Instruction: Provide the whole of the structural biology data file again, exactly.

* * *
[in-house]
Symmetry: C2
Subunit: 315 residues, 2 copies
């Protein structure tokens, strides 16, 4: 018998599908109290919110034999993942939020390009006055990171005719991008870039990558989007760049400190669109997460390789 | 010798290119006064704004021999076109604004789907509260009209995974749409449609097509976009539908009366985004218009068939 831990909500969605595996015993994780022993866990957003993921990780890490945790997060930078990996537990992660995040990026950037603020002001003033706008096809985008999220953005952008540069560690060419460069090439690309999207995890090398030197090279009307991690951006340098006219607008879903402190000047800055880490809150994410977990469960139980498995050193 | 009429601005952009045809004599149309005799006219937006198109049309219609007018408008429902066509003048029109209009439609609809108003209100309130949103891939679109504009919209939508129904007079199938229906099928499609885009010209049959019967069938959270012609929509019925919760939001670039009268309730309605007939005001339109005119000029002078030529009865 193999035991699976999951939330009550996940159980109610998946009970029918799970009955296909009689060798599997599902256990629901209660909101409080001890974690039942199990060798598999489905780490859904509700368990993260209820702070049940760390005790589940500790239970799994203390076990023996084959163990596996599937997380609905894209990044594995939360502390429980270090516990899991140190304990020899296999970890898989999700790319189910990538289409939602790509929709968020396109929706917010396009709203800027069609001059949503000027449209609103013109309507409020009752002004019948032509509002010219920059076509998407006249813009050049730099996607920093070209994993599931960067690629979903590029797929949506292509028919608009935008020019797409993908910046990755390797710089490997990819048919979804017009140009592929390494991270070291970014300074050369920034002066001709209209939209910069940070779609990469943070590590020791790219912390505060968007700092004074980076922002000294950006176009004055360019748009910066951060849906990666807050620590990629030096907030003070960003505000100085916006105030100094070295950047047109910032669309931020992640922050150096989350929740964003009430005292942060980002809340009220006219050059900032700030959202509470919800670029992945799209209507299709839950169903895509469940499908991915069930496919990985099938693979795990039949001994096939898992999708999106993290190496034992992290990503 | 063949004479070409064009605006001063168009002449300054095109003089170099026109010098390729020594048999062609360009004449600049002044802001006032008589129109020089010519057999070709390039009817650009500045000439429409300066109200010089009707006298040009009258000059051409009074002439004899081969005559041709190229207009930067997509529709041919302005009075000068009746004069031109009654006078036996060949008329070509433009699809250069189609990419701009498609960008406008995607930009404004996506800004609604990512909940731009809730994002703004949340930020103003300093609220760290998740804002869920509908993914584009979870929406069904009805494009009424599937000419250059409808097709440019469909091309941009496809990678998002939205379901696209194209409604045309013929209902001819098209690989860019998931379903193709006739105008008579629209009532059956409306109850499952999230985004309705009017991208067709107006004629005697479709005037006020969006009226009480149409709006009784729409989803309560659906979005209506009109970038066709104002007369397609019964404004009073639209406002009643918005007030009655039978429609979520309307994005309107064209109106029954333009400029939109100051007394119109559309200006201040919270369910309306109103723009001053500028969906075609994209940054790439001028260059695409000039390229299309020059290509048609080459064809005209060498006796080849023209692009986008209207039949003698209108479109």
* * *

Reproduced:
[in-house]
Symmetry: C2
Subunit: 315 residues, 2 copies
């Protein structure tokens, strides 16, 4: 018998599908109290919110034999993942939020390009006055990171005719991008870039990558989007760049400190669109997460390789 | 010798290119006064704004021999076109604004789907509260009209995974749409449609097509976009539908009366985004218009068939 831990909500969605595996015993994780022993866990957003993921990780890490945790997060930078990996537990992660995040990026950037603020002001003033706008096809985008999220953005952008540069560690060419460069090439690309999207995890090398030197090279009307991690951006340098006219607008879903402190000047800055880490809150994410977990469960139980498995050193 | 009429601005952009045809004599149309005799006219937006198109049309219609007018408008429902066509003048029109209009439609609809108003209100309130949103891939679109504009919209939508129904007079199938229906099928499609885009010209049959019967069938959270012609929509019925919760939001670039009268309730309605007939005001339109005119000029002078030529009865 193999035991699976999951939330009550996940159980109610998946009970029918799970009955296909009689060798599997599902256990629901209660909101409080001890974690039942199990060798598999489905780490859904509700368990993260209820702070049940760390005790589940500790239970799994203390076990023996084959163990596996599937997380609905894209990044594995939360502390429980270090516990899991140190304990020899296999970890898989999700790319189910990538289409939602790509929709968020396109929706917010396009709203800027069609001059949503000027449209609103013109309507409020009752002004019948032509509002010219920059076509998407006249813009050049730099996607920093070209994993599931960067690629979903590029797929949506292509028919608009935008020019797409993908910046990755390797710089490997990819048919979804017009140009592929390494991270070291970014300074050369920034002066001709209209939209910069940070779609990469943070590590020791790219912390505060968007700092004074980076922002000294950006176009004055360019748009910066951060849906990666807050620590990629030096907030003070960003505000100085916006105030100094070295950047047109910032669309931020992640922050150096989350929740964003009430005292942060980002809340009220006219050059900032700030959202509470919800670029992945799209209507299709839950169903895509469940499908991915069930496919990985099938693979795990039949001994096939898992999708999106993290190496034992992290990503 | 063949004479070409064009605006001063168009002449300054095109003089170099026109010098390729020594048999062609360009004449600049002044802001006032008589129109020089010519057999070709390039009817650009500045000439429409300066109200010089009707006298040009009258000059051409009074002439004899081969005559041709190229207009930067997509529709041919302005009075000068009746004069031109009654006078036996060949008329070509433009699809250069189609990419701009498609960008406008995607930009404004996506800004609604990512909940731009809730994002703004949340930020103003300093609220760290998740804002869920509908993914584009979870929406069904009805494009009424599937000419250059409808097709440019469909091309941009496809990678998002939205379901696209194209409604045309013929209902001819098209690989860019998931379903193709006739105008008579629209009532059956409306109850499952999230985004309705009017991208067709107006004629005697479709005037006020969006009226009480149409709006009784729409989803309560659906979005209506009109970038066709104002007369397609019964404004009073639209406002009643918005007030009655039978429609979520309307994005309107064209109106029954333009400029939109100051007394119109559309200006201040919270369910309306109103723009001053500028969906075609994209940054790439001028260059695409000039390229299309020059290509048609080459064809005209060498006796080849023209692009986008209207039949003698209108479109």